Tests for drugs that may cause haemolysis
As mentioned above, PQ or dapsone do not cause haemolysis of G6PD-deficient red cells in vitro: either the active molecule is a metabolite of PQ, or additional factors are required that have not been provided in vitro, but are present in vivo. Attempts have been made to obtain and test metabolites by incubating the drug with liver microsomes (Bloom et al, 1983); and drugs have been tested in vitro for their ability to stimulate the pentose phosphate pathway (Gaetani et al, 1976), since this would be expected to correlate with haemolysis in vivo. However, neither of these approaches has been systematically followed up. We must admit that, to date, any new licensed drug has not been tested for its potential to cause AHA in G6PD-deficient subjects.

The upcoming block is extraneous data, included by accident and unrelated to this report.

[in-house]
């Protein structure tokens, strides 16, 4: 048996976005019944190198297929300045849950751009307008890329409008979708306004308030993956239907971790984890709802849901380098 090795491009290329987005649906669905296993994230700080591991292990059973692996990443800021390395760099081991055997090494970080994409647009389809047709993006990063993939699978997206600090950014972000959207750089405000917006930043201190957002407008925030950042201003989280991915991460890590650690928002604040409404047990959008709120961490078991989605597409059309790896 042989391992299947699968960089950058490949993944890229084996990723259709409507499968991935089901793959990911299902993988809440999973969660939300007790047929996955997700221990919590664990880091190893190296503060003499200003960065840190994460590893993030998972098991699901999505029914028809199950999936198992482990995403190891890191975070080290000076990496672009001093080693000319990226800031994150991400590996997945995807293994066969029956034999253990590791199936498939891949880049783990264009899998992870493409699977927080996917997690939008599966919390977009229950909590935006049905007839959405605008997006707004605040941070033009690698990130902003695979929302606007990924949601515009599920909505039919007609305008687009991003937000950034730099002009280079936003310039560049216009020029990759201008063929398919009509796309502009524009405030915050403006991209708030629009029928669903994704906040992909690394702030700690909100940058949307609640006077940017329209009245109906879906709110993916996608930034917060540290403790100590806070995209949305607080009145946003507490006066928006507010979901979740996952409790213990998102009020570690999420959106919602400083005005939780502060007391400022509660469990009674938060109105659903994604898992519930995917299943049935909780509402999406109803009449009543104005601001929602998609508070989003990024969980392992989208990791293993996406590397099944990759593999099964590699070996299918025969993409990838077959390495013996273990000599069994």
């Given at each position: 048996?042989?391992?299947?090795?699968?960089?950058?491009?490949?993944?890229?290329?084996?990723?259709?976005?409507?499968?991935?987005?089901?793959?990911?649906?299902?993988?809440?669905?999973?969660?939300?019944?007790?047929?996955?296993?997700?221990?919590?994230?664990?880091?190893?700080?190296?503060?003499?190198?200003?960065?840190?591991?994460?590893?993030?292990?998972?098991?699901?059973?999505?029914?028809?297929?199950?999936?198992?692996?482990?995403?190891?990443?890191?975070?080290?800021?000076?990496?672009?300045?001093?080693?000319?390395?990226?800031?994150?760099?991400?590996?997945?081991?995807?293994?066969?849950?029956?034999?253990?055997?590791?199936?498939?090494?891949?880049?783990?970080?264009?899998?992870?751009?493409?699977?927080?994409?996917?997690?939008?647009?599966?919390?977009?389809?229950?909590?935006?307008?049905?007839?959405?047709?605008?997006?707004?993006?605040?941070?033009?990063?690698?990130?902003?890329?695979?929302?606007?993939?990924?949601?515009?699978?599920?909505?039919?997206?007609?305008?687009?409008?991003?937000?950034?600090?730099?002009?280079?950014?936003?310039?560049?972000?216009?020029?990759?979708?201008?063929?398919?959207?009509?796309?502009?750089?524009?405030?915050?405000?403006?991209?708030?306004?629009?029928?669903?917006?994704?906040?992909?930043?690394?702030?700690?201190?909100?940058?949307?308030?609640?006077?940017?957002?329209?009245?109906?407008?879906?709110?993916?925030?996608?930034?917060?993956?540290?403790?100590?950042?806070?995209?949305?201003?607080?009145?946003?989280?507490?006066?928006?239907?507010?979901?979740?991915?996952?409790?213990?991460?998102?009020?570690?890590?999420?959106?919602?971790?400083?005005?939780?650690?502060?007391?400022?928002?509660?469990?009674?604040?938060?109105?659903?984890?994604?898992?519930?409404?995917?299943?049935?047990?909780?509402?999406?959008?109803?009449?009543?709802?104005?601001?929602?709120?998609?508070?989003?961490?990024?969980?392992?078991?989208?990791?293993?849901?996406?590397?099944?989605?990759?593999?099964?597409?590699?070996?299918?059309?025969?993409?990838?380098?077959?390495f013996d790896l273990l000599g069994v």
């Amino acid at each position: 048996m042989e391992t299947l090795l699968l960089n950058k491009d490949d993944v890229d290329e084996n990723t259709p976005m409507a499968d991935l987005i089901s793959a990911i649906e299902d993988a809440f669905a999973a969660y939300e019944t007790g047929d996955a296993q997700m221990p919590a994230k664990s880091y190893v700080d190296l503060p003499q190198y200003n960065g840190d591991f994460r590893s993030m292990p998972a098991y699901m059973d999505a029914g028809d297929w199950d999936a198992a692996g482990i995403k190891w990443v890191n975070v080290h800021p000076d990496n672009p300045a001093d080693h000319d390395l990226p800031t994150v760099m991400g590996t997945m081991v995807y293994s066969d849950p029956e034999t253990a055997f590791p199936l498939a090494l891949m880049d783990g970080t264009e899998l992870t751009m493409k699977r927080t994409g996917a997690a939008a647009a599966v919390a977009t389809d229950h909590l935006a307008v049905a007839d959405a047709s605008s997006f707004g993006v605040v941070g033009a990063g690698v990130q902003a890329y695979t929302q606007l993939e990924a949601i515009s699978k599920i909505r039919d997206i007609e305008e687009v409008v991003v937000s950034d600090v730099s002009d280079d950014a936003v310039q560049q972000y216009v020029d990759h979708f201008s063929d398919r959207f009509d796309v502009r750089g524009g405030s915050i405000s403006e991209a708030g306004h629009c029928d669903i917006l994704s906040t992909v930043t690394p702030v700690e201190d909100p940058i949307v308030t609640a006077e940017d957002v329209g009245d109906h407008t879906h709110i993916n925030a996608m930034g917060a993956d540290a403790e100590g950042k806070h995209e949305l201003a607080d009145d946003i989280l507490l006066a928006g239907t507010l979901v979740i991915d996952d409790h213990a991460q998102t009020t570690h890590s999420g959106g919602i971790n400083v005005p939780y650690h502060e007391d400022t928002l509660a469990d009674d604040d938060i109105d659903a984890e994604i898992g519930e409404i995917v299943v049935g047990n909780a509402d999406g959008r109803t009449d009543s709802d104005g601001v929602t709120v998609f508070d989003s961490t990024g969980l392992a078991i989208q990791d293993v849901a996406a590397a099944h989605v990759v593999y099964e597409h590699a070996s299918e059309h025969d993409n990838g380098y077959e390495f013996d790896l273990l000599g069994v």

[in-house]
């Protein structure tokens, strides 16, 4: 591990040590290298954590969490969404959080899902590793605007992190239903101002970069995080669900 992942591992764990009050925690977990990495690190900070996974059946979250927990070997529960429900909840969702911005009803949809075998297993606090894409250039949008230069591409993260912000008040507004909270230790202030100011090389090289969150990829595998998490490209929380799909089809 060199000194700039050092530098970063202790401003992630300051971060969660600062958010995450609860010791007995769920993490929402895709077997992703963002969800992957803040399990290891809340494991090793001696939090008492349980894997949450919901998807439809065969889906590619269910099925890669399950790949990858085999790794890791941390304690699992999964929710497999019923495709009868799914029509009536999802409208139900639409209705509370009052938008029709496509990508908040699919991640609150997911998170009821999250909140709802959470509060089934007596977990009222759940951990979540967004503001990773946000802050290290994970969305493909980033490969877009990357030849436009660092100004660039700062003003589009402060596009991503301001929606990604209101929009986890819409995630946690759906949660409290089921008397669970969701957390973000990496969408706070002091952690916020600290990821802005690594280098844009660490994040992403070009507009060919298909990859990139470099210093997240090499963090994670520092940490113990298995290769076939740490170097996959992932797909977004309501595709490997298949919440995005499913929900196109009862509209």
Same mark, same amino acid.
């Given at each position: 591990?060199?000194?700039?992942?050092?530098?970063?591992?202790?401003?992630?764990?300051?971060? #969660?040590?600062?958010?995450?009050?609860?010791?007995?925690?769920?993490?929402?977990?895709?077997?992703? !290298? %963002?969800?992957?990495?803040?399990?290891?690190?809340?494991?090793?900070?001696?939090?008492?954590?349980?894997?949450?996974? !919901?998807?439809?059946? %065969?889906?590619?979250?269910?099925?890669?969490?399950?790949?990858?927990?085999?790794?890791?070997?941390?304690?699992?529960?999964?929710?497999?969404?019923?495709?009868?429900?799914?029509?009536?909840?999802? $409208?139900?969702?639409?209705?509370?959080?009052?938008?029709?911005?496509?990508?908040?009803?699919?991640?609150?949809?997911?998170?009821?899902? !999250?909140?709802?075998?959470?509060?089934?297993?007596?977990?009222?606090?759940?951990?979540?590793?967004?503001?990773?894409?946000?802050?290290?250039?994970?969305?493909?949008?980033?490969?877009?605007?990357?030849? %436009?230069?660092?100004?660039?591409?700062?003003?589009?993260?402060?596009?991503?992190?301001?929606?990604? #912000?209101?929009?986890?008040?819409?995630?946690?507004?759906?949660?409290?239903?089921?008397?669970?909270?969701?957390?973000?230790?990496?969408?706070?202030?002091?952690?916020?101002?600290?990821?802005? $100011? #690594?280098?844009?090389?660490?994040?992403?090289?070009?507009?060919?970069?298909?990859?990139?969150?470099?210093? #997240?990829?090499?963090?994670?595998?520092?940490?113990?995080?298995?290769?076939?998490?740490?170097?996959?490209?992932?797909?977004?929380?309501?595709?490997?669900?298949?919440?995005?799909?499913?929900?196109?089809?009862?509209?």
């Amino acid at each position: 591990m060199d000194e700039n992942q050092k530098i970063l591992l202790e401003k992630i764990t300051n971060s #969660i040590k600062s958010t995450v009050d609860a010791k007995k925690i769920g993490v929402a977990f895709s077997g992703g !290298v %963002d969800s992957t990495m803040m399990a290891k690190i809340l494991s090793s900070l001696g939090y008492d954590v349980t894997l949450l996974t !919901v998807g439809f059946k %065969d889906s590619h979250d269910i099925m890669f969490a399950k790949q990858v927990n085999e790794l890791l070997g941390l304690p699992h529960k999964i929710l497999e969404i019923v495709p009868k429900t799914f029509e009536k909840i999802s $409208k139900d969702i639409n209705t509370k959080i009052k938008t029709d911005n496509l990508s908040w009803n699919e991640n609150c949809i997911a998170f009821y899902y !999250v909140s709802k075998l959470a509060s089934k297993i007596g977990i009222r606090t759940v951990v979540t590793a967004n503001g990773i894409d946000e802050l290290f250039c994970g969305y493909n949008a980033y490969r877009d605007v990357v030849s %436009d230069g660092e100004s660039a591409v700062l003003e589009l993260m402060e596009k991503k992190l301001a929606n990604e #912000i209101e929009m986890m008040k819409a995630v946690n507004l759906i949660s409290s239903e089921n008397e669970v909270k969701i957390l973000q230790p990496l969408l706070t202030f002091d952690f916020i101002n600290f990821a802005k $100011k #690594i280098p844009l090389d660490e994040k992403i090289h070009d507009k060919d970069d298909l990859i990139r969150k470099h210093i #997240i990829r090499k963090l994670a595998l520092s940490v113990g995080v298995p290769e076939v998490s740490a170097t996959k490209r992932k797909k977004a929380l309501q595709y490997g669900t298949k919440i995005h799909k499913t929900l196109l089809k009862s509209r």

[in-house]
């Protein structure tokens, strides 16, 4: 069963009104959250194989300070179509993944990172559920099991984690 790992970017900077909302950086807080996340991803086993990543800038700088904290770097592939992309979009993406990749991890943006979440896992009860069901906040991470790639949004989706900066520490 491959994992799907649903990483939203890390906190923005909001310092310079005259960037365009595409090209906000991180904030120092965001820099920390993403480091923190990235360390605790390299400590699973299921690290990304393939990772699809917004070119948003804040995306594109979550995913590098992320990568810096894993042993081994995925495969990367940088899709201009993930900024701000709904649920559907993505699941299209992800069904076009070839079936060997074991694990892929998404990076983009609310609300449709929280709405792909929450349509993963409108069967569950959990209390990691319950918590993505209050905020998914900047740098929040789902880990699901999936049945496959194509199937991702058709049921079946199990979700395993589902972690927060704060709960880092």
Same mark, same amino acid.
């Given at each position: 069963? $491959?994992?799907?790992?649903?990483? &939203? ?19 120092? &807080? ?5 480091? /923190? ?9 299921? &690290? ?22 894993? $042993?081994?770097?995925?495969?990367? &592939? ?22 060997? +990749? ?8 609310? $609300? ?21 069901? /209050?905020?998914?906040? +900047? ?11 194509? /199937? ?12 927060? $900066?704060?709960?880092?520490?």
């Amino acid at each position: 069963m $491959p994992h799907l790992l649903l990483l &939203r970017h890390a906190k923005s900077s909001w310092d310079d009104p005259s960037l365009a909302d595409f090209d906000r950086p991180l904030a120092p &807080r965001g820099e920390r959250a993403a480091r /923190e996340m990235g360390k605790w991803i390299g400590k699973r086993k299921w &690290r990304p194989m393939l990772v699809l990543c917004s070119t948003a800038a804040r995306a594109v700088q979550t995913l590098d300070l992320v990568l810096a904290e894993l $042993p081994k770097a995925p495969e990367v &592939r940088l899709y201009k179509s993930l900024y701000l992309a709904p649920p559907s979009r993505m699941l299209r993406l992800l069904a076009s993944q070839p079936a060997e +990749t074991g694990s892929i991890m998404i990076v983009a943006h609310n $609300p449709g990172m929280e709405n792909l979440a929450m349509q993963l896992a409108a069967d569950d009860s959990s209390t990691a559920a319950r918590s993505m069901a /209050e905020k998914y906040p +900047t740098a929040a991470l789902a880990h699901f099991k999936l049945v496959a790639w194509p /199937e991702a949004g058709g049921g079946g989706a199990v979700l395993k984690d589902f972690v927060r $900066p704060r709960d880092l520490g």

Exploring animal models has been in the best tradition of physiology and pathophysiology for a long time. Nowadays in many cases these can be produced by genetic engineering; and, in a pharmacogenetic setting such as G6PD, an animal model would be especially valuable as a test system. A targeted ‘knock-out’ of the G6PD gene in mouse was found to be an embryonic lethal (Longo et al, 2002), thus yielding no model. A G6PD-deficient mouse obtained by mutagenesis (Pretsch et al, 1988) – with a level of G6PD activity in red cells that is about 20% of that in red cells of a normal mouse AHA (Neifer et al, 1991) – is viable. The mouse has a splicing mutation in the G6PD gene (Sanders et al, 1997), and it has been used extensively to investigate the possible role of G6PD with respect to cardiovascular disorders (Matsui et al, 2006). It appeared that this mutant mouse did not develop drug-induced AHA [(personal communication from the late Ulrich Bienzle of the Institute of Tropical Medicine, Berlin)]; however, very recently Zhang et al (2013) have achieved AHA in these mice by administering PQ, although at much higher doses (per body weight) than are used therapeutically in humans. Thus, it appears that an outright knock-out of G6PD is too drastic, whereas in the available mutant mice G6PD deficiency is rather mild. In future, one might take advantage of the high sequence conservation of this gene from mouse to human (94%), in order to try and ‘knock-in’ a human mutation that gives no clinical phenotype until challenged by PQ, i.e. any of those present in known polymorphic mutants.